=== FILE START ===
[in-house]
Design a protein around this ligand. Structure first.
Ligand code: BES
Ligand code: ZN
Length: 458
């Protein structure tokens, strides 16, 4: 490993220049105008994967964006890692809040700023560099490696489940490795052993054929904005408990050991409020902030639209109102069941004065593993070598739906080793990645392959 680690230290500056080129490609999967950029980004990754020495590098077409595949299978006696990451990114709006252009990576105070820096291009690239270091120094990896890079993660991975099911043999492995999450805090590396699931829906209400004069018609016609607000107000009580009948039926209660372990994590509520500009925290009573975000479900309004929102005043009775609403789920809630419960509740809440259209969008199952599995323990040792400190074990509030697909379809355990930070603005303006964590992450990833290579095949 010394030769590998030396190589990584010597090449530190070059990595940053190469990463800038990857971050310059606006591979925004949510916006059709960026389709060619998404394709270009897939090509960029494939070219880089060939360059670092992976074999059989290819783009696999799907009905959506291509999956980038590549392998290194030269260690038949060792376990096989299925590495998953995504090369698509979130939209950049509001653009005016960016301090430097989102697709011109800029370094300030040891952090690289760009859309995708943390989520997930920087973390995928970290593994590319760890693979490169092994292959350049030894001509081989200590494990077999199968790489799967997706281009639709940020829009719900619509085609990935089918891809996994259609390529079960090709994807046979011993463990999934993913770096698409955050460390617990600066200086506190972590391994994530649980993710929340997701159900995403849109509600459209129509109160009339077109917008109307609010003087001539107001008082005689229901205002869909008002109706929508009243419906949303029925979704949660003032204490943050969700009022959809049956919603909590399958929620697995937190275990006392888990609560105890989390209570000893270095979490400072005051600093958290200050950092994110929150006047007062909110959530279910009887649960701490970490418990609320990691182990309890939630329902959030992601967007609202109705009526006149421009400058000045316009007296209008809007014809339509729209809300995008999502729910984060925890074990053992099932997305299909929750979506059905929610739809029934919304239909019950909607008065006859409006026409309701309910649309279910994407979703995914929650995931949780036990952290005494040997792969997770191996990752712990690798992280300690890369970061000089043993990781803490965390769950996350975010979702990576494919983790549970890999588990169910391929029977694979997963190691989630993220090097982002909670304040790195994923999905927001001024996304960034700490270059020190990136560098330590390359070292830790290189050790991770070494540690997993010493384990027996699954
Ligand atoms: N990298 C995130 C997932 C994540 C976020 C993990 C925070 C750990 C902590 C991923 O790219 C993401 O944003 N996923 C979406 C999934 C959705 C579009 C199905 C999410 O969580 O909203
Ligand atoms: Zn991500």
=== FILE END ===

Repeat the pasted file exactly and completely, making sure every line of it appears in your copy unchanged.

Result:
[in-house]
Design a protein around this ligand. Structure first.
Ligand code: BES
Ligand code: ZN
Length: 458
């Protein structure tokens, strides 16, 4: 490993220049105008994967964006890692809040700023560099490696489940490795052993054929904005408990050991409020902030639209109102069941004065593993070598739906080793990645392959 680690230290500056080129490609999967950029980004990754020495590098077409595949299978006696990451990114709006252009990576105070820096291009690239270091120094990896890079993660991975099911043999492995999450805090590396699931829906209400004069018609016609607000107000009580009948039926209660372990994590509520500009925290009573975000479900309004929102005043009775609403789920809630419960509740809440259209969008199952599995323990040792400190074990509030697909379809355990930070603005303006964590992450990833290579095949 010394030769590998030396190589990584010597090449530190070059990595940053190469990463800038990857971050310059606006591979925004949510916006059709960026389709060619998404394709270009897939090509960029494939070219880089060939360059670092992976074999059989290819783009696999799907009905959506291509999956980038590549392998290194030269260690038949060792376990096989299925590495998953995504090369698509979130939209950049509001653009005016960016301090430097989102697709011109800029370094300030040891952090690289760009859309995708943390989520997930920087973390995928970290593994590319760890693979490169092994292959350049030894001509081989200590494990077999199968790489799967997706281009639709940020829009719900619509085609990935089918891809996994259609390529079960090709994807046979011993463990999934993913770096698409955050460390617990600066200086506190972590391994994530649980993710929340997701159900995403849109509600459209129509109160009339077109917008109307609010003087001539107001008082005689229901205002869909008002109706929508009243419906949303029925979704949660003032204490943050969700009022959809049956919603909590399958929620697995937190275990006392888990609560105890989390209570000893270095979490400072005051600093958290200050950092994110929150006047007062909110959530279910009887649960701490970490418990609320990691182990309890939630329902959030992601967007609202109705009526006149421009400058000045316009007296209008809007014809339509729209809300995008999502729910984060925890074990053992099932997305299909929750979506059905929610739809029934919304239909019950909607008065006859409006026409309701309910649309279910994407979703995914929650995931949780036990952290005494040997792969997770191996990752712990690798992280300690890369970061000089043993990781803490965390769950996350975010979702990576494919983790549970890999588990169910391929029977694979997963190691989630993220090097982002909670304040790195994923999905927001001024996304960034700490270059020190990136560098330590390359070292830790290189050790991770070494540690997993010493384990027996699954
Ligand atoms: N990298 C995130 C997932 C994540 C976020 C993990 C925070 C750990 C902590 C991923 O790219 C993401 O944003 N996923 C979406 C999934 C959705 C579009 C199905 C999410 O969580 O909203
Ligand atoms: Zn991500």